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Судебные дела / Зарубежная практика  / John A. and Susan C. McGuire v. Commissioner., United States Tax Court - Memorandum Decision, T.C. Memo. 1990-610, Docket No. 28105-86., Filed December 4, 1990

John A. and Susan C. McGuire v. Commissioner., United States Tax Court - Memorandum Decision, T.C. Memo. 1990-610, Docket No. 28105-86., Filed December 4, 1990

25.06.2008  

John A. and Susan C. McGuire v. Commissioner.

United States Tax Court - Memorandum Decision

T.C. Memo. 1990-610

Docket No. 28105-86.

Filed December 4, 1990.

John A. McGuire, pro se. Jeffery N. Kelm and Albert A. Balboni, for the respondent.

Memorandum Opinion

POWELL, Special Trial Judge: This case involves deductions claimed for losses incurred in certain straddle transactions conducted with an entity known as Hillcrest Securities. 1 Petitioners concede that the transactions were not bona fide; they contend, however, that the Court lacks jurisdiction because the notice of deficiency was invalid under the reasoning of Scar v. Commissioner [87-1 USTC ╤ 9277], 814 F.2d 1363 (9th Cir. 1987), revg. [Dec. 40,601], 81 T.C. 855 (1983), and, on June 11, 1990, filed a Motion to Dismiss. The underlying facts are not in dispute and may be summarized as follows.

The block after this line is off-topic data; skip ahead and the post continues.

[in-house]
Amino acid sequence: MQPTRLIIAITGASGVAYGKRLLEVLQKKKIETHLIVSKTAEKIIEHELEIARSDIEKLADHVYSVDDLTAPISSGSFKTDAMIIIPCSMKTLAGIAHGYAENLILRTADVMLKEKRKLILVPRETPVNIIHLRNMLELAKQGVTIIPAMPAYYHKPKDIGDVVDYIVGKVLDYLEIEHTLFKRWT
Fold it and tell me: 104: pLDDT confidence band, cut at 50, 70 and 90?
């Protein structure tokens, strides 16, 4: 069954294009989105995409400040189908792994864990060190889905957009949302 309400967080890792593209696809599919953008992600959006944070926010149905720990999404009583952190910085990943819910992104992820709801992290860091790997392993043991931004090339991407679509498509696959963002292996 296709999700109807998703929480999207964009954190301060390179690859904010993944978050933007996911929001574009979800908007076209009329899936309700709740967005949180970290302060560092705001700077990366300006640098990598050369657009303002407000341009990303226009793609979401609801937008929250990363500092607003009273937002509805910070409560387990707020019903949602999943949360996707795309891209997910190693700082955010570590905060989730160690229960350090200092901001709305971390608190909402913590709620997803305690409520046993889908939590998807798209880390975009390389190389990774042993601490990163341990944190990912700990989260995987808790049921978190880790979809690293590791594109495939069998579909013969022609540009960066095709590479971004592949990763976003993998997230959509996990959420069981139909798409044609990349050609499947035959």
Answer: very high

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1 This case was assigned pursuant to the provisions of section 7456(d), Internal Revenue Code (redesignated as section 7443A by the Tax Reform Act of 1986, Pub. L. 99-514, section 1556, 100 Stat. 2755) and Rules 180 et seq., Tax Court Rules of Practice and Procedure.

**********